Editor's Note: This article updated as of October 2, 2020.
Earlier this year, we discussed the lifetime income disclosure requirement that was included in the Setting Every Community Up for Retirement Enhancement Act of 2019 (the “SECURE Act”). When the disclosure requirement becomes fully effective, the benefit statement issued by each ERISA-governed defined contribution plan must include lifetime income illustrations and explanations.
New Developments. On August 18, 2020, the Department of Labor (DOL) began the process of implementing the lifetime income disclosure requirement. The DOL issued an interim final rule (IFR) and accompanying Fact Sheet outlining requirements and certain procedures.
Compliance Date. The IFR becomes effective one year after publication of the rule in the Federal Register. Publication occurred on September 18, 2020, giving the IFR an effective date of September 18, 2021. The required disclosure must be made at least once in any 12-month period. However, additional guidance will be needed regarding the deadline for distributing the initial disclosure.
Requirement Does Not Depend Upon Whether Plan Offers Annuities or Lifetime Distribution Options. When the rule takes effect, defined contribution plans must estimate and disclose the lifetime retirement income, i.e., the periodic annuity benefit that can be provided through the participant’s defined contribution account balance. The concept is that seeing lifetime income illustrations as part of the benefit statement will allow participants to better understand both the progress that they are making in saving for retirement, and how the amount in their plan account translates to potential retirement income. Importantly, the new disclosure requirement will apply whether or not the defined contribution plan provides or offers an annuity or lifetime income form of distribution. Of course, the requirement that defined contribution plans include lifetime income disclosures might provide indirect pressure on plan sponsors to add lifetime income options. Further, lifetime income disclosures might be confusing to some participants in a plan that does not offer lifetime income options. Nevertheless, the premise of the requirement is that participants in general will be better served in their retirement planning by having the lifetime income disclosures and illustrations, regardless of whether the plan itself offers such an option.
What Must be Disclosed? Each participant’s defined contribution account balance is converted (for purposes of illustration) into both a single life annuity (SLA) and a 100% joint and survivor annuity (QJSA). These periodic benefit amounts will be disclosed to the participant as part of the benefit statement, together with an explanation of the assumptions used to generate the illustration. The QJSA illustration is required whether or not the participant is married on the statement date. Spouses are assumed to be the same age as the participant.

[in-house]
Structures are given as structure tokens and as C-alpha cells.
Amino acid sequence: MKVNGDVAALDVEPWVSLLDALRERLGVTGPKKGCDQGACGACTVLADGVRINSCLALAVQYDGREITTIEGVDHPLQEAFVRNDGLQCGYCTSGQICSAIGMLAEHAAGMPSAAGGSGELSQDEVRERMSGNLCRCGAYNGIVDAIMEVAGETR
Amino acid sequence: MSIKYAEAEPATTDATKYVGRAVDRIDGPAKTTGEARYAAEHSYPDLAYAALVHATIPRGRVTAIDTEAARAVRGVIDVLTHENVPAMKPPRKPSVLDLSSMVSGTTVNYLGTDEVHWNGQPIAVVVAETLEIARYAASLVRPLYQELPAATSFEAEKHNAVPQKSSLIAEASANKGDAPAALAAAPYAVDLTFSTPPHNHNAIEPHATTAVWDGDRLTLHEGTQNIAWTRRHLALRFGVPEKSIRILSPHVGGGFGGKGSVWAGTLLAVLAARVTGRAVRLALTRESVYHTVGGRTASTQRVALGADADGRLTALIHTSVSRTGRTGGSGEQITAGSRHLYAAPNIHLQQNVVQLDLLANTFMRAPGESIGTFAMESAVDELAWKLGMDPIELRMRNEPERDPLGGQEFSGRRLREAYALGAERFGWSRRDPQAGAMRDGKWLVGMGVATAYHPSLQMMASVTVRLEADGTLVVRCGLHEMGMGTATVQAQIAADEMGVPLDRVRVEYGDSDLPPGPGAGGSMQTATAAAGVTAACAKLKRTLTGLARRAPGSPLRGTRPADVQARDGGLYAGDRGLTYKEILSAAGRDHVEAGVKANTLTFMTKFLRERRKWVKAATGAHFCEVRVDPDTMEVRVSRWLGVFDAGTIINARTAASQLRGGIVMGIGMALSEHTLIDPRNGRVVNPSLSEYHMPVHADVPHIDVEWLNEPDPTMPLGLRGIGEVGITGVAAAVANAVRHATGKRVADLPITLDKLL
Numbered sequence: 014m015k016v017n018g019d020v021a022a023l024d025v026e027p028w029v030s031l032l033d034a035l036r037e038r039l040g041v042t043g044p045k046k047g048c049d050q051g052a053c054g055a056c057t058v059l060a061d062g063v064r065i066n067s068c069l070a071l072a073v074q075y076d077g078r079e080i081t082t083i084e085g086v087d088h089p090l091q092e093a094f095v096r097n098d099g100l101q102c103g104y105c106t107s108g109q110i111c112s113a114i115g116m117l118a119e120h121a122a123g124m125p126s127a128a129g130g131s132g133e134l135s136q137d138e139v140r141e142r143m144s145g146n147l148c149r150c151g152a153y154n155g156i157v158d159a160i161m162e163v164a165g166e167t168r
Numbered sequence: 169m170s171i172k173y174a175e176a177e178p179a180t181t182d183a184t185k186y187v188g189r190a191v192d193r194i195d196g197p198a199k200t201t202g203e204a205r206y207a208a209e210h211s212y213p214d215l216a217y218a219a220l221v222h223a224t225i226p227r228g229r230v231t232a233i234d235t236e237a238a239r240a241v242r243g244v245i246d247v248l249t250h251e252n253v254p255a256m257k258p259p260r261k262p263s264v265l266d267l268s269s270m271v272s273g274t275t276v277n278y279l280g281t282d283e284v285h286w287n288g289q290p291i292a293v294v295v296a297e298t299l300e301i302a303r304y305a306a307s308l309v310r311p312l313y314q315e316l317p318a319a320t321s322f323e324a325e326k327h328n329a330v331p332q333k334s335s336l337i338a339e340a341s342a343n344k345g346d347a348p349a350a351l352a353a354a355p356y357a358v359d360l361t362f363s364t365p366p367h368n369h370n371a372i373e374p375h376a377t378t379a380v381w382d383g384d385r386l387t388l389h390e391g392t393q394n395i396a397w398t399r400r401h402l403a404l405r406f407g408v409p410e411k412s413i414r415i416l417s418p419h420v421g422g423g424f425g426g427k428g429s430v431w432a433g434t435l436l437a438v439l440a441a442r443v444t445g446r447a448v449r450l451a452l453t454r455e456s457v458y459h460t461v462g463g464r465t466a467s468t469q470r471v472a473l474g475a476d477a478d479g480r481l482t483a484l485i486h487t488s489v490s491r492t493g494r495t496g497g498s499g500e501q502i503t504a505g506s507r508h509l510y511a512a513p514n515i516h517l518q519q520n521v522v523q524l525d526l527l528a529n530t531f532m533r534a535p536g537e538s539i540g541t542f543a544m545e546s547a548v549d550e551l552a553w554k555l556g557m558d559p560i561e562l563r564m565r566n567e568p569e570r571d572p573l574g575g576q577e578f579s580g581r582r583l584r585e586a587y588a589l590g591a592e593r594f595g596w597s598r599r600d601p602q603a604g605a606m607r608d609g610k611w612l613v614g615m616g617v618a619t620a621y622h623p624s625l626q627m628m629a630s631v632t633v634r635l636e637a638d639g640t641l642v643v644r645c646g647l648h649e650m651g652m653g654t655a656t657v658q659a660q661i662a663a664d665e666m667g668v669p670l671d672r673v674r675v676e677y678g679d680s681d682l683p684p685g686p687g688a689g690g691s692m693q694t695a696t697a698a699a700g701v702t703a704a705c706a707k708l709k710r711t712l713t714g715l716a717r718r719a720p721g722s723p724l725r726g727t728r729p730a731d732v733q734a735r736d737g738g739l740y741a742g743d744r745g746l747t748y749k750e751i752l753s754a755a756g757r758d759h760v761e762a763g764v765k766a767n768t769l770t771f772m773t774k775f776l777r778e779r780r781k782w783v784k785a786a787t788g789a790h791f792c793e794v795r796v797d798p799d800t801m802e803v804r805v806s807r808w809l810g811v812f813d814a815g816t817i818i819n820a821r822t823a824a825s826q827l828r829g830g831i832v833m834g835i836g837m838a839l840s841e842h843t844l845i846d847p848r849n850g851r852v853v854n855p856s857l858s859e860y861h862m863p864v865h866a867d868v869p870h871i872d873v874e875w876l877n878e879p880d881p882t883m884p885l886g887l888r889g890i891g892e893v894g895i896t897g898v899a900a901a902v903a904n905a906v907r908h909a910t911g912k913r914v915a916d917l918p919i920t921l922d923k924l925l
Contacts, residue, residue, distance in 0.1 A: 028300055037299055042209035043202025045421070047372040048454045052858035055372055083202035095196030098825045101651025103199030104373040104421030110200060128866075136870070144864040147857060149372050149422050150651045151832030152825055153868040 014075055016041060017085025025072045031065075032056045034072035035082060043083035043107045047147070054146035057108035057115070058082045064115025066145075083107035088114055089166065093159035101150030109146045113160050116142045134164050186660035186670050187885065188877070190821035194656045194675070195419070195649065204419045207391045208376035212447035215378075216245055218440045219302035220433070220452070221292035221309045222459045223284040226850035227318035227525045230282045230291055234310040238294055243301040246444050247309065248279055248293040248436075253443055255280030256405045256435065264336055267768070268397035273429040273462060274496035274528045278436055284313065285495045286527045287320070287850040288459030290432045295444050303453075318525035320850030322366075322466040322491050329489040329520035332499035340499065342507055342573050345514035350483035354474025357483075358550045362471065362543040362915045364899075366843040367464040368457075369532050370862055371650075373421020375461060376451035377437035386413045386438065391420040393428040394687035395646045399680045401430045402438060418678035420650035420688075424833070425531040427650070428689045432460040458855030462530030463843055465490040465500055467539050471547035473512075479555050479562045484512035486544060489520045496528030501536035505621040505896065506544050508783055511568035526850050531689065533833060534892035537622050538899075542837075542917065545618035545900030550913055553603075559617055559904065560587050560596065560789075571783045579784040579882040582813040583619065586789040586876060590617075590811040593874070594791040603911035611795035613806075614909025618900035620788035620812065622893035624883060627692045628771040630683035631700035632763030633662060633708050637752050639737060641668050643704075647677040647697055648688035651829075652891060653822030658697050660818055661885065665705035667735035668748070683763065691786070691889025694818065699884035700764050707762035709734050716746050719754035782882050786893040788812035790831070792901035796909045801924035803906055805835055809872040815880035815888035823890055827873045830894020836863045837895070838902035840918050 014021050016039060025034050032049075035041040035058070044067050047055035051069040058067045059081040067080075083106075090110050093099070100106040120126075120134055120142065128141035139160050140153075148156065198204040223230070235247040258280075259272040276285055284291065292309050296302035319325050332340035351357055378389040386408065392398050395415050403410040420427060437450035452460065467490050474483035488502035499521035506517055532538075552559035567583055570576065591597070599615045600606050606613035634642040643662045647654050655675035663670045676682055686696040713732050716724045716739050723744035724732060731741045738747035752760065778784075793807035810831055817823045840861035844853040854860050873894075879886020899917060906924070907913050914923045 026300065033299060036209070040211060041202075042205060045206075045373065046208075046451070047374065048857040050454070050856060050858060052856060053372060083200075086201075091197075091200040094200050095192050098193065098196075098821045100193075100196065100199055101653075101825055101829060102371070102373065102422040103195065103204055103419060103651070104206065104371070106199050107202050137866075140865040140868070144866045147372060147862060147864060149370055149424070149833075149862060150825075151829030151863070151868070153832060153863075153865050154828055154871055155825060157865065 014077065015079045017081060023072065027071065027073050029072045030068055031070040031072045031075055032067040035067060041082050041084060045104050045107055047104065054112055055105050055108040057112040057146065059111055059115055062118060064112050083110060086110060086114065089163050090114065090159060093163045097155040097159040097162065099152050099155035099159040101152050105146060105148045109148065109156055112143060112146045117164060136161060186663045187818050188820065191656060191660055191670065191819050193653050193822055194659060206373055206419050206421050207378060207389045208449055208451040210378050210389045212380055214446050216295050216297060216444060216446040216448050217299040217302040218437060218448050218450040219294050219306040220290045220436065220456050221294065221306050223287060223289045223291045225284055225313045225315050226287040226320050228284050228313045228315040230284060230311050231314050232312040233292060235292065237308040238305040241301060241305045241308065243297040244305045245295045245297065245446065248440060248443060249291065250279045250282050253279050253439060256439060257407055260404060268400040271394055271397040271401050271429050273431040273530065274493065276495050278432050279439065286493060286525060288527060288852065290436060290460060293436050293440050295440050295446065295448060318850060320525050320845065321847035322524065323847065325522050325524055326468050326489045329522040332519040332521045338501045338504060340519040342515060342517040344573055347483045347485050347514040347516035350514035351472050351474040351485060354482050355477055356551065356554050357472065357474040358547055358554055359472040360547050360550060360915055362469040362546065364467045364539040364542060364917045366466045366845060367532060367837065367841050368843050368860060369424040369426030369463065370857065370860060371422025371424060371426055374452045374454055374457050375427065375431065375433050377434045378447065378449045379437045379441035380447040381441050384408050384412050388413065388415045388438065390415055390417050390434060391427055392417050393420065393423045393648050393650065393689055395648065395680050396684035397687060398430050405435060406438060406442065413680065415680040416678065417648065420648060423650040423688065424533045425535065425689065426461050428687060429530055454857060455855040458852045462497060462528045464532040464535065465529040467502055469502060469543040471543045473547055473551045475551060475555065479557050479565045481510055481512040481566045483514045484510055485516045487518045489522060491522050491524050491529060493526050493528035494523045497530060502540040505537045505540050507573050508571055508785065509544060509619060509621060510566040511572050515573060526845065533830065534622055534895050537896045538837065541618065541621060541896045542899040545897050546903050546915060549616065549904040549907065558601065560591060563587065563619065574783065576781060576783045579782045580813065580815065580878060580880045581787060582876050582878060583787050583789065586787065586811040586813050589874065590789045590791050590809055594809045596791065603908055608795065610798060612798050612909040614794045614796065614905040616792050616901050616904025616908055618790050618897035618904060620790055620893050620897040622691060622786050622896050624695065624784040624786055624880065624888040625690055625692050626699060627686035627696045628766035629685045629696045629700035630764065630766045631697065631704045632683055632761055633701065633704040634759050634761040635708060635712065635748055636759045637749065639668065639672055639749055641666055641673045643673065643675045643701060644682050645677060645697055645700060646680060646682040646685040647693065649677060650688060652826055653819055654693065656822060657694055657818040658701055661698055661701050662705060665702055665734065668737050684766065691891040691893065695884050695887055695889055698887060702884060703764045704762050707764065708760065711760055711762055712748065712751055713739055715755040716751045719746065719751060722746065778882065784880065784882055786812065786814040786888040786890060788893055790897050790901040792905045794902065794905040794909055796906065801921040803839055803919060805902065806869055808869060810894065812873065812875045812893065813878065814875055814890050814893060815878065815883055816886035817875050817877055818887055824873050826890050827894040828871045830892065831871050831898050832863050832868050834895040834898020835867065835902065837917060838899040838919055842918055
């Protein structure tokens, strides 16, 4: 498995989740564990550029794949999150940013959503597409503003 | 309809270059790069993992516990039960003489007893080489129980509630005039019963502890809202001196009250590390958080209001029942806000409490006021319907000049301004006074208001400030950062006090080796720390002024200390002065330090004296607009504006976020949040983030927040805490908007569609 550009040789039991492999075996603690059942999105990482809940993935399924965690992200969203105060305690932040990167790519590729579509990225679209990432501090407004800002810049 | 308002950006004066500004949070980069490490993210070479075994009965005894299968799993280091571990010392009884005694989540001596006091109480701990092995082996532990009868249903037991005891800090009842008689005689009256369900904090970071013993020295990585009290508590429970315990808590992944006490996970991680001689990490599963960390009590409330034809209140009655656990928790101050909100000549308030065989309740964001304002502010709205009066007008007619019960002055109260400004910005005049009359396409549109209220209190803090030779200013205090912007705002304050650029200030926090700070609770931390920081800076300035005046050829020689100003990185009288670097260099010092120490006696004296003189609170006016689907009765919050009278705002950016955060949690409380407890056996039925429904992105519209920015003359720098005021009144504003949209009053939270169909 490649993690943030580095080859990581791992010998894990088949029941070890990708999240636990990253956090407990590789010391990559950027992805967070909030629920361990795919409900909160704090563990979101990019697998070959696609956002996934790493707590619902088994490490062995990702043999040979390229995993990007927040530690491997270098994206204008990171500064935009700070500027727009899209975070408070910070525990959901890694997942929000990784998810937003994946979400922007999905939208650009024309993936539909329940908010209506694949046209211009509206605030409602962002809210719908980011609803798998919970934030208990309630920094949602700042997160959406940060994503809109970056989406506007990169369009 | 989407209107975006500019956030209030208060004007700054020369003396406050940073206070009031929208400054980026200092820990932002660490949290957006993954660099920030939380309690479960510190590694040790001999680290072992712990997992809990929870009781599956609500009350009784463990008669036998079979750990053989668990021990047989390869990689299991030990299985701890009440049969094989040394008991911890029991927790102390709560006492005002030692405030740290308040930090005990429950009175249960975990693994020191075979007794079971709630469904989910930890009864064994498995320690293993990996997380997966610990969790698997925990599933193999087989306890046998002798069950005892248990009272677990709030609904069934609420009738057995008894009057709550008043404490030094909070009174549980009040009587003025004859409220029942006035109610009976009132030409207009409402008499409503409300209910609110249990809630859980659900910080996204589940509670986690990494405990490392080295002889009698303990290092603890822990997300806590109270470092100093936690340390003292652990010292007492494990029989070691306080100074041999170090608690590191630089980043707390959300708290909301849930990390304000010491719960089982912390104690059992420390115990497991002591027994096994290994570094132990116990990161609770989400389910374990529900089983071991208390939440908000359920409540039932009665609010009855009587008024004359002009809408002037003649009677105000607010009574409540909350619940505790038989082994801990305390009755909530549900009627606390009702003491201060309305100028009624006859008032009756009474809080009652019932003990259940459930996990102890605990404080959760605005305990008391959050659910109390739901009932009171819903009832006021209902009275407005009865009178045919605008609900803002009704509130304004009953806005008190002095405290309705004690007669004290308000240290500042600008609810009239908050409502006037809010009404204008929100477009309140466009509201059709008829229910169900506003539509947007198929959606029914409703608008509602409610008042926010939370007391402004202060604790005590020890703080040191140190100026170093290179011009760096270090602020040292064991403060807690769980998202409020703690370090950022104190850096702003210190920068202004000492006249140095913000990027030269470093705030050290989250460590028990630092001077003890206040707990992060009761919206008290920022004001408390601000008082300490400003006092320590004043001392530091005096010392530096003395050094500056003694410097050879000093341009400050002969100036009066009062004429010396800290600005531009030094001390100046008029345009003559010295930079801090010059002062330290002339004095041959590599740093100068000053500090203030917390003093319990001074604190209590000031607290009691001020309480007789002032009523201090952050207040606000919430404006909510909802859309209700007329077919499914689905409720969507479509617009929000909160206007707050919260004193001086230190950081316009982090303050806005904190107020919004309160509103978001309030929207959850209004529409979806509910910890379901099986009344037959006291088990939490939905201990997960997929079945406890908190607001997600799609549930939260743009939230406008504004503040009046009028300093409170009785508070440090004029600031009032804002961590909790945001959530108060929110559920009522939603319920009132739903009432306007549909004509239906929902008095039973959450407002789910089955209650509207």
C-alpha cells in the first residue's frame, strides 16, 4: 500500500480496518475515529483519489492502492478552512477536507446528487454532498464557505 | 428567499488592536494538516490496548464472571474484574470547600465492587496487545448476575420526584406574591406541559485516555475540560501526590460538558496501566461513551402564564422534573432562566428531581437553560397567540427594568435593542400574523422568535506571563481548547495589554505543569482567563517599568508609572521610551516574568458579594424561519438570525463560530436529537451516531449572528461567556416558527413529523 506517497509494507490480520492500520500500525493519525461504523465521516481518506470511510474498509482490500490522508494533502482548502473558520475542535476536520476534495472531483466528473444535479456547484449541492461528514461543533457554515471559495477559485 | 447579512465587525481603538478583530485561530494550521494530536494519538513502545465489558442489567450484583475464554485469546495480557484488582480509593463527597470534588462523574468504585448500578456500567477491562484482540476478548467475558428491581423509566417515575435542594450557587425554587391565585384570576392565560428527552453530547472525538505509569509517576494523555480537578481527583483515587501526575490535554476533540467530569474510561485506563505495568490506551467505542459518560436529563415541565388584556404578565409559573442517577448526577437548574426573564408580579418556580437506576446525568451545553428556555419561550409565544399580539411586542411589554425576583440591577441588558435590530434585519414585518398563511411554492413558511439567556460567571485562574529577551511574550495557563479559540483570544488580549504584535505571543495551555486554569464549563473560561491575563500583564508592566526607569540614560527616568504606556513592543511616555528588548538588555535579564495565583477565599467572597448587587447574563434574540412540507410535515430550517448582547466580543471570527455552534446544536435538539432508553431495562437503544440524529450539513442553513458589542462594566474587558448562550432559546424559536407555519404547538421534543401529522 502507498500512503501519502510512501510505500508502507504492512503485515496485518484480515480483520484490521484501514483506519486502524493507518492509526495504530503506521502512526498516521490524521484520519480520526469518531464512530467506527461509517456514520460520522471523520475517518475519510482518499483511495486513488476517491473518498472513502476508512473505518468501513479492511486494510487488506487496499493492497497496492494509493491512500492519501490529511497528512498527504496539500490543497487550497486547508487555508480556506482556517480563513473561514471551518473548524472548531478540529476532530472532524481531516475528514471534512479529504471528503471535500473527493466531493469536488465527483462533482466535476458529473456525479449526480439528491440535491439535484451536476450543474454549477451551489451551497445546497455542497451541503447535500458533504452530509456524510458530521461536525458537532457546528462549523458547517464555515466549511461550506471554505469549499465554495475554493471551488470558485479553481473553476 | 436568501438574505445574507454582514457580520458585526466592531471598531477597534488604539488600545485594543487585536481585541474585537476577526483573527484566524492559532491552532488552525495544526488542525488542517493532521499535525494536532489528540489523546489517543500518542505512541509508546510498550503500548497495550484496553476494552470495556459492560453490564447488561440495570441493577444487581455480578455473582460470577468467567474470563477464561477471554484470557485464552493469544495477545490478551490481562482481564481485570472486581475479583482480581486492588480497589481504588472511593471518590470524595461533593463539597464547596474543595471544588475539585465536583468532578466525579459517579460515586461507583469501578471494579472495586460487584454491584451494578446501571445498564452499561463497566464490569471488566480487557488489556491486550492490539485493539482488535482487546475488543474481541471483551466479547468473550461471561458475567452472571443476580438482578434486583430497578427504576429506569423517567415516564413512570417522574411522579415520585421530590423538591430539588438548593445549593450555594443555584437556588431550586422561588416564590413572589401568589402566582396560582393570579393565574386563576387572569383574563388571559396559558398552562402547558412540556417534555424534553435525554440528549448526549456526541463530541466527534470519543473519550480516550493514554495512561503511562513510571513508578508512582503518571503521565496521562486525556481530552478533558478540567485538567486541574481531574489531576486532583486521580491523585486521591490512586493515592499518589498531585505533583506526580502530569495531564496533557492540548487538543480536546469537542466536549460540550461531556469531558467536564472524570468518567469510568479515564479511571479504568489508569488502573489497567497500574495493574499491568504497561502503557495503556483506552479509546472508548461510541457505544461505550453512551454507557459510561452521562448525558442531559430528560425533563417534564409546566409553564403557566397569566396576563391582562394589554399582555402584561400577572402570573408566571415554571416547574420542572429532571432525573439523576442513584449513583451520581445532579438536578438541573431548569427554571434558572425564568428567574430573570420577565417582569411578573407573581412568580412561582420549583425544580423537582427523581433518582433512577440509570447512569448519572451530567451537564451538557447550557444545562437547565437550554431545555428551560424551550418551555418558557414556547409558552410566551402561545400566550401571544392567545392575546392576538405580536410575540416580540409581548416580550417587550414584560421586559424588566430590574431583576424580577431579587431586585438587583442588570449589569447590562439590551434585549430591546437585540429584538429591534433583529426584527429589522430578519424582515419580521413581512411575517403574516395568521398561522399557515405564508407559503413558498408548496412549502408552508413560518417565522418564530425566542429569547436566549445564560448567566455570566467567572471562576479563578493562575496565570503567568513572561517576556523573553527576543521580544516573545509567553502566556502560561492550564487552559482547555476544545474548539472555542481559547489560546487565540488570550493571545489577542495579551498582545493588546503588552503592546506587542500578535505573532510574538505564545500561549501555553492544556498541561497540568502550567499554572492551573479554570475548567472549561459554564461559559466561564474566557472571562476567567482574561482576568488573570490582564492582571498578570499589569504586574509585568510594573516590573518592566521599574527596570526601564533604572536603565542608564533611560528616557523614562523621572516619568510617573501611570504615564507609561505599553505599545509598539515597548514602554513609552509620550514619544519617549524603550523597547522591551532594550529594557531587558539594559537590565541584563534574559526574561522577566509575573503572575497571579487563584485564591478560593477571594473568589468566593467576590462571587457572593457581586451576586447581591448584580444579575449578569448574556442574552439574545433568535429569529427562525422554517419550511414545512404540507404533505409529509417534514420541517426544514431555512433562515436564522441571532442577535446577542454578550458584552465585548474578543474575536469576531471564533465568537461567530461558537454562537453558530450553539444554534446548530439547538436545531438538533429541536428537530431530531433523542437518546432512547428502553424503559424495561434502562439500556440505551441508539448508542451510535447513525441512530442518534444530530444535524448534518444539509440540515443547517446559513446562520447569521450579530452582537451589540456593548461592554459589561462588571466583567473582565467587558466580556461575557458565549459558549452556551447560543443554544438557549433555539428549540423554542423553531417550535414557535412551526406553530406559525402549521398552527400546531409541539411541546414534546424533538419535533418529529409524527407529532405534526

Model DOL Language and DOL Approved Assumptions. The IFR contains model language, including a disclaimer that the periodic payment amounts shown are solely for purposes of illustration and are not guaranteed. Plan sponsors should seriously consider using both the DOL’s model language and DOL-approved actuarial assumptions (with special rules for plans that offer annuity payment options). The use of DOL-approved methodology, assumptions and language will provide the plan sponsor and plan administrator with the greatest possible legal protection in connection with the disclosures. A plan fiduciary or plan sponsor that provides lifetime income illustrations using the assumptions set forth in the IFR and the model language explanation (or language substantially similar to the model language), is not to be liable under ERISA for providing the lifetime income illustrations.
Will Participants Understand? In the IFR, the DOL opted for disclosure of what the participant’s current defined contribution account balance will “purchase” in terms of a periodic annuity benefit. Thus, the illustration assumes that the participant is age 67 (or actual age, if older) on the benefit statement date and that the SLA and QJSA benefits commence immediately on that date. This might be confusing to younger participants, for it essentially assumes no growth in the account balance between the statement date and the date on which the participant will attain age 67 - the current account balance is deemed, for purposes of the illustration, to be the account balance that the participant will have at age 67. This is conservative and in all likelihood will understate the participant’s actual account balance and potential retirement income at age 67. One justification for this approach might be that a conservative estimate potentially incentivizes younger participants to increase their retirement savings. However, participant confusion is also quite possible. The participant might have access to other tools—both employer-provided and other “retirement calculator” tools—that include an assumption of future earnings between the calculation date and the assumed retirement date, meaning that the plan-provided disclosures (with no future earnings assumption) might differ substantially from the estimates provided in other tools available to the participant. The DOL has specifically asked for comment on this issue, and this is an area that might change when the rule is again published. Although an explanation of the assumptions will be part of the disclosure, this aspect might be confusing to participants.
This is a developing topic, and changes in the rule are possible. However, plan sponsors should begin discussions with their defined contribution record-keepers and vendors to understand how those providers intend to implement the new rules.
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